Hunt for Red October

Publicity using a powerful combination of the word red and the color red.

“Hunt for Red October,” “Red, Red Wine,” “Mask of the Red Death”. . . even the word RED has an undeniable mystique that evokes excitement, power, and danger (1).  The color red is a scene-stealer as well, drawing our gaze and riveting our attention. Actors and politicians know that, from the Oscar red carpet to the debate podium, red is an eye magnet. Dyes and pigments with the ability to produce a brilliant red have been prized throughout history in art, textiles, manuscripts, and designer clothing.

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The quest for finding a more intense red hues is as dramatic as the color itself. “The Red that Colored the World,” an exhibit created by The Museum of International Folk Art in Santa Fe, New Mexico, http://www.internationalfolkart.org/exhibitions/red.html, focuses on the brilliant scarlet produced by the cochineal insect which became a global commodity after the Spanish saw it used in 16th-century Mexico. This exhibit, which featured the use of cochineal dyes in paintings, textiles, and sculptures, most recently appeared at the Bowers Museum in Santa Ana, https://www.bowers.org, (Oct. 31, 2015 – Feb. 21, 2016).


A brazilwood tree growing in Vitorio, Espirito Santo, Brazil. (Wikipedia, public domain.)

But before the cochineal, Europeans discovered another, less well-known, red dye in the Americas. On the coast of a land they knew as “Terra de Santa Cruz,” the Portuguese found an abundance of tall trees, tall and spreading like an oak, from which the Tupinamba inhabitants produced a red dye to color their cotton fabrics. (2) The Portuguese recognized it to be a close substitute for what they called brazilwood or red sandalwood, a valuable commodity shipped to Europe from Asia since the Middle Ages, esteemed for its brilliant red dye. (3)  As early as the fourteenth century, Chaucer’s Canterbury Tales mentioned the use of Asian brazilwood imported by the Portuguese as a luxury cosmetic:   “Him nedeth nat his colour for to dyen/ With brasil, ne with greyn of Portingale. . .” (4)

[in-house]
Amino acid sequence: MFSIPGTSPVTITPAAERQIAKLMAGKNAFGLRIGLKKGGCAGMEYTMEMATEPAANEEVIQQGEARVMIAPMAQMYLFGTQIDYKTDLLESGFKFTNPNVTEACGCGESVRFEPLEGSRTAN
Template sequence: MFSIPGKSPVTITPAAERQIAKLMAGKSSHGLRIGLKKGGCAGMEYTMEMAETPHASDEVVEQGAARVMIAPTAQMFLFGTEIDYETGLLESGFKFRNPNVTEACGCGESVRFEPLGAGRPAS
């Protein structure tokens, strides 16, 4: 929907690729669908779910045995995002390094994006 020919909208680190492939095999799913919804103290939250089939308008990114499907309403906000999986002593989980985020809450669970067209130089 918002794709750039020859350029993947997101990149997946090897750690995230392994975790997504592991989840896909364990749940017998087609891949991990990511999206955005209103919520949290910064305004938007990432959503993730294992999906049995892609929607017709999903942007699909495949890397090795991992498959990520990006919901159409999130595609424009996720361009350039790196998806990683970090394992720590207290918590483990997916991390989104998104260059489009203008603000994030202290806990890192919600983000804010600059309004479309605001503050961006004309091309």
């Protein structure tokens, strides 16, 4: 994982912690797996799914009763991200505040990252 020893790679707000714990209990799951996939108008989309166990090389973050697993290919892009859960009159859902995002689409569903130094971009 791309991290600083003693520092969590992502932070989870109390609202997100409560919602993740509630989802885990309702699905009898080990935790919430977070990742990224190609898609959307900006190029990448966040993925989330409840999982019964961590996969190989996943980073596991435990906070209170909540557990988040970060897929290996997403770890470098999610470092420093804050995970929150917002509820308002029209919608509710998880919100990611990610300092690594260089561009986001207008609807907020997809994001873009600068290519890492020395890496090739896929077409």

Terra de Santa Cruz, soon known as Brazil, attracted European investors. (5) Delighted to find a source of the valuable wood closer to home, King Manuel of Portugal claimed the New World brazilwood as a Portuguese royal monopoly and began to establish fortified trading posts along the coast of Brazil in 1521. (6) German and Flemish merchants worked with the Portuguese to obtain brazilwood. The French, on the other hand, ignored the Portuguese monopoly and established alliances directly with the with the Tupinamba, who were happy to trade wood, cotton, parrots, and peppers to the French in exchange for scissors, knives, and mirrors.(7)

staden_1557_warhaftige_0049 shipwreck

Depiction of the shipwreck from Hans Staden’s 1557 memoirs.